1. Progression free survival demonstrates poor-correlation with measures of health related quality of life (HRQoL) in oncology trials.
2. Current study demonstrate poor follow-up and reporting of HRQoL measures, likely introducing bias into published results.
Evidence Rating Level:3 (Average)
Study Rundown: Current stated goals for the American Society of Clinical Oncology include the focus on patient-centered outcomes in oncology clinical trials. Established themes on the values of patients include overall-survival (OS) and HRQoL. Trials evaluating OS require large study populations, long-term follow-up, high expense, and added complexity if cross-over is allowed. Evaluation of surrogate markers including progression-free survival (PFS) has become more common, with many medications being approved based on this outcome. How PFS correlates with patient-centered outcomes such as HRQoL is unclear. The current study sought to evaluate the relationship between reported HRQoL and PFS in oncology trials. The study demonstrated poor correlation between HRQoL and PFS, but with a noted high probability of bias from the HRQoL results and poor follow-up of HRQoL outcomes.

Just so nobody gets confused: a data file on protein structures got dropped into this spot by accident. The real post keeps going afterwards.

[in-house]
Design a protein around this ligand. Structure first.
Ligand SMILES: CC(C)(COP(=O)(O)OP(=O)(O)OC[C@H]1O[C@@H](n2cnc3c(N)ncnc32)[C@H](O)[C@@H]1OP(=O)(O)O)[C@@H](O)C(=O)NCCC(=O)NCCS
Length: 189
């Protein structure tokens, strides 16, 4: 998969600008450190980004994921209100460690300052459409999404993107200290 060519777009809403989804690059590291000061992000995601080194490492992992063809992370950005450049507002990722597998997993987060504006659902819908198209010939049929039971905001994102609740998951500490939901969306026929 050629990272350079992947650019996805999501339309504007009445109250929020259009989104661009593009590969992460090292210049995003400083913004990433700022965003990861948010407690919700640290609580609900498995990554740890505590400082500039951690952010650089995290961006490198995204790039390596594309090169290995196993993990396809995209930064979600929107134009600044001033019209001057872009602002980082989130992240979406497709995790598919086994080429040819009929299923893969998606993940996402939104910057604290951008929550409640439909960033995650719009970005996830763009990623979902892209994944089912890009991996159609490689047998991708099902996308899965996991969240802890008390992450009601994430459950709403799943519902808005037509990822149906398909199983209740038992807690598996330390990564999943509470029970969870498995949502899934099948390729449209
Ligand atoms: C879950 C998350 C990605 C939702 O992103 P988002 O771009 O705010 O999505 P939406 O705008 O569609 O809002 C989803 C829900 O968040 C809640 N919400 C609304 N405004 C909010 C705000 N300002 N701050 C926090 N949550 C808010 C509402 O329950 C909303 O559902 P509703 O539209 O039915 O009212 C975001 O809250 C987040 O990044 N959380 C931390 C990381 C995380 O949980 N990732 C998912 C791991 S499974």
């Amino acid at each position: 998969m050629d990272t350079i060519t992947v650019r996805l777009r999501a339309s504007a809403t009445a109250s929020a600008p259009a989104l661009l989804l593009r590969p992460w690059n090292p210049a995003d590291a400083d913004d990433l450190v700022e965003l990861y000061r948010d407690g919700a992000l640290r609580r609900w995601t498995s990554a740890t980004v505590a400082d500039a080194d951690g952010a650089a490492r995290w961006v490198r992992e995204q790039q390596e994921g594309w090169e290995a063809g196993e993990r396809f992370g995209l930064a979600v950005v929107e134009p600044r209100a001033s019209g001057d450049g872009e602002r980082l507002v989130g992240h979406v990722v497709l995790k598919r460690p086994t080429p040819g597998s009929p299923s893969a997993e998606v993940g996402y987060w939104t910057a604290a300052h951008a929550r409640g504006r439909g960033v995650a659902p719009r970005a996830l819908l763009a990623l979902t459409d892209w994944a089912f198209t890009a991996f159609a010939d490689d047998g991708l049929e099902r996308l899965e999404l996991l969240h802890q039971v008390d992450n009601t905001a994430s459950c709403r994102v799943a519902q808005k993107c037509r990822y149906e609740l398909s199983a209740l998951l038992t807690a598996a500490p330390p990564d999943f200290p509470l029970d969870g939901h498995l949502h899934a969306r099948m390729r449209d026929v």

The current study highlights the need for further investigation into HRQoL outcomes as a primary endpoint of drug development in oncology. The strength of the study include the large number of included studies. The main limitations of the study stem from the poorly reported HRQoL outcomes in many published studies resulting in high degree of bias.
In-Depth [systematic review]: This study was a systematic review of randomized trials of patients with cancer evaluating chemotherapy from 2000 to 2016. The study excluded trials without PFS or HRQoL outcomes reported.
The study included 52 trials involving 38 randomized trials of chemotherapy agents for cancer. There was no strong association between PFS and global HRQoL (slope of association 0.12, 95%CI, −0.27 to 0.52); physical HRQoL (−0.20, 95%CI, −0.62 to 0.23); or emotional HRQoL (0.78, 95%CI, −0.05 to 1.60). There was a high risk of bias in84% of trials reporting at least 1 health-related quality of life measure.
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